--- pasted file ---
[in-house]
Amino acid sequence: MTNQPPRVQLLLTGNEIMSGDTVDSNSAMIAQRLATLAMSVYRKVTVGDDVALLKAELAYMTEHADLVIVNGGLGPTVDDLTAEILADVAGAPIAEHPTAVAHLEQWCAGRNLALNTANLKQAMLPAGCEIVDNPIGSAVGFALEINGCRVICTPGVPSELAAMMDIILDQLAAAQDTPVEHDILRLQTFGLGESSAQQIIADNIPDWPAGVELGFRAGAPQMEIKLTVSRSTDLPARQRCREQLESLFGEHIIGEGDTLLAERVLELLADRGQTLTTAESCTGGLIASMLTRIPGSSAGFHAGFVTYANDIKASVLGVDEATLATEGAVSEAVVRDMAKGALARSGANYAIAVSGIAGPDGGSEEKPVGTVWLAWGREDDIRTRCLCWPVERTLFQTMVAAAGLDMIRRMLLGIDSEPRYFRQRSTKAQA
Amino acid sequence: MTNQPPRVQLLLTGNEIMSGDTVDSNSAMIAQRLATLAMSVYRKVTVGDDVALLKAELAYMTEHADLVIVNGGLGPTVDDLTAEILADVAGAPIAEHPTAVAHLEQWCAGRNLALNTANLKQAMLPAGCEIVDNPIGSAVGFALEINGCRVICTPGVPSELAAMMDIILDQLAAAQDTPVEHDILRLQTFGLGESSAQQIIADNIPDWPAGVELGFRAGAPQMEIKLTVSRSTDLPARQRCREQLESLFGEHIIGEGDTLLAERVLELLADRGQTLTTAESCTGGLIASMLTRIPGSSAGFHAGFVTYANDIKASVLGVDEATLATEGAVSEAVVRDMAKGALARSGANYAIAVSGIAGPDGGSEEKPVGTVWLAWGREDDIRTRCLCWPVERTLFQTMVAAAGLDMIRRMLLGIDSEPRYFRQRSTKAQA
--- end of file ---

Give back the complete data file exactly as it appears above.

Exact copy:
[in-house]
Amino acid sequence: MTNQPPRVQLLLTGNEIMSGDTVDSNSAMIAQRLATLAMSVYRKVTVGDDVALLKAELAYMTEHADLVIVNGGLGPTVDDLTAEILADVAGAPIAEHPTAVAHLEQWCAGRNLALNTANLKQAMLPAGCEIVDNPIGSAVGFALEINGCRVICTPGVPSELAAMMDIILDQLAAAQDTPVEHDILRLQTFGLGESSAQQIIADNIPDWPAGVELGFRAGAPQMEIKLTVSRSTDLPARQRCREQLESLFGEHIIGEGDTLLAERVLELLADRGQTLTTAESCTGGLIASMLTRIPGSSAGFHAGFVTYANDIKASVLGVDEATLATEGAVSEAVVRDMAKGALARSGANYAIAVSGIAGPDGGSEEKPVGTVWLAWGREDDIRTRCLCWPVERTLFQTMVAAAGLDMIRRMLLGIDSEPRYFRQRSTKAQA
Amino acid sequence: MTNQPPRVQLLLTGNEIMSGDTVDSNSAMIAQRLATLAMSVYRKVTVGDDVALLKAELAYMTEHADLVIVNGGLGPTVDDLTAEILADVAGAPIAEHPTAVAHLEQWCAGRNLALNTANLKQAMLPAGCEIVDNPIGSAVGFALEINGCRVICTPGVPSELAAMMDIILDQLAAAQDTPVEHDILRLQTFGLGESSAQQIIADNIPDWPAGVELGFRAGAPQMEIKLTVSRSTDLPARQRCREQLESLFGEHIIGEGDTLLAERVLELLADRGQTLTTAESCTGGLIASMLTRIPGSSAGFHAGFVTYANDIKASVLGVDEATLATEGAVSEAVVRDMAKGALARSGANYAIAVSGIAGPDGGSEEKPVGTVWLAWGREDDIRTRCLCWPVERTLFQTMVAAAGLDMIRRMLLGIDSEPRYFRQRSTKAQA